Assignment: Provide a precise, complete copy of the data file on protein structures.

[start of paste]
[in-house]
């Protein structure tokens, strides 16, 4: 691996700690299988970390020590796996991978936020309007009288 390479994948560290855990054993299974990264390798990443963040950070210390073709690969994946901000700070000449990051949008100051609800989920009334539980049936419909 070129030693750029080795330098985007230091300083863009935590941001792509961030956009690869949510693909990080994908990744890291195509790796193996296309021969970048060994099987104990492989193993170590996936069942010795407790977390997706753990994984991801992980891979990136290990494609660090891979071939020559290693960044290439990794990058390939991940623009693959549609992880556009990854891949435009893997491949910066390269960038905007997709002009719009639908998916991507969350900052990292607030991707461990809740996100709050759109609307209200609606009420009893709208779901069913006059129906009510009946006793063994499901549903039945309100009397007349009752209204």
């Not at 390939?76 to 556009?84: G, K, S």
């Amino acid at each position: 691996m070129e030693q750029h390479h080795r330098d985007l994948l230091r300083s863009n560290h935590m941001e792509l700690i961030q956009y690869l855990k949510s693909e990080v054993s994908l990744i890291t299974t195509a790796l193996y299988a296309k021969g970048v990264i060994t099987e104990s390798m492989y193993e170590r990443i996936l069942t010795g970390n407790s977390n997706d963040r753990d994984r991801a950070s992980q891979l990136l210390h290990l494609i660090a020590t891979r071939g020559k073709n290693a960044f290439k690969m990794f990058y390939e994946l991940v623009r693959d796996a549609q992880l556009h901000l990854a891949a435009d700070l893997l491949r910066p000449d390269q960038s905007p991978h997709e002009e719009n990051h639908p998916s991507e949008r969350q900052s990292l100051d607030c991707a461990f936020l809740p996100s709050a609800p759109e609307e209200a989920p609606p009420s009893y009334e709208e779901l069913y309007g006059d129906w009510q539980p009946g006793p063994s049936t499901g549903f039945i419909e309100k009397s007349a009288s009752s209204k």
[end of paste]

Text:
[in-house]
């Protein structure tokens, strides 16, 4: 691996700690299988970390020590796996991978936020309007009288 390479994948560290855990054993299974990264390798990443963040950070210390073709690969994946901000700070000449990051949008100051609800989920009334539980049936419909 070129030693750029080795330098985007230091300083863009935590941001792509961030956009690869949510693909990080994908990744890291195509790796193996296309021969970048060994099987104990492989193993170590996936069942010795407790977390997706753990994984991801992980891979990136290990494609660090891979071939020559290693960044290439990794990058390939991940623009693959549609992880556009990854891949435009893997491949910066390269960038905007997709002009719009639908998916991507969350900052990292607030991707461990809740996100709050759109609307209200609606009420009893709208779901069913006059129906009510009946006793063994499901549903039945309100009397007349009752209204």
């Not at 390939?76 to 556009?84: G, K, S």
């Amino acid at each position: 691996m070129e030693q750029h390479h080795r330098d985007l994948l230091r300083s863009n560290h935590m941001e792509l700690i961030q956009y690869l855990k949510s693909e990080v054993s994908l990744i890291t299974t195509a790796l193996y299988a296309k021969g970048v990264i060994t099987e104990s390798m492989y193993e170590r990443i996936l069942t010795g970390n407790s977390n997706d963040r753990d994984r991801a950070s992980q891979l990136l210390h290990l494609i660090a020590t891979r071939g020559k073709n290693a960044f290439k690969m990794f990058y390939e994946l991940v623009r693959d796996a549609q992880l556009h901000l990854a891949a435009d700070l893997l491949r910066p000449d390269q960038s905007p991978h997709e002009e719009n990051h639908p998916s991507e949008r969350q900052s990292l100051d607030c991707a461990f936020l809740p996100s709050a609800p759109e609307e209200a989920p609606p009420s009893y009334e709208e779901l069913y309007g006059d129906w009510q539980p009946g006793p063994s049936t499901g549903f039945i419909e309100k009397s007349a009288s009752s209204k």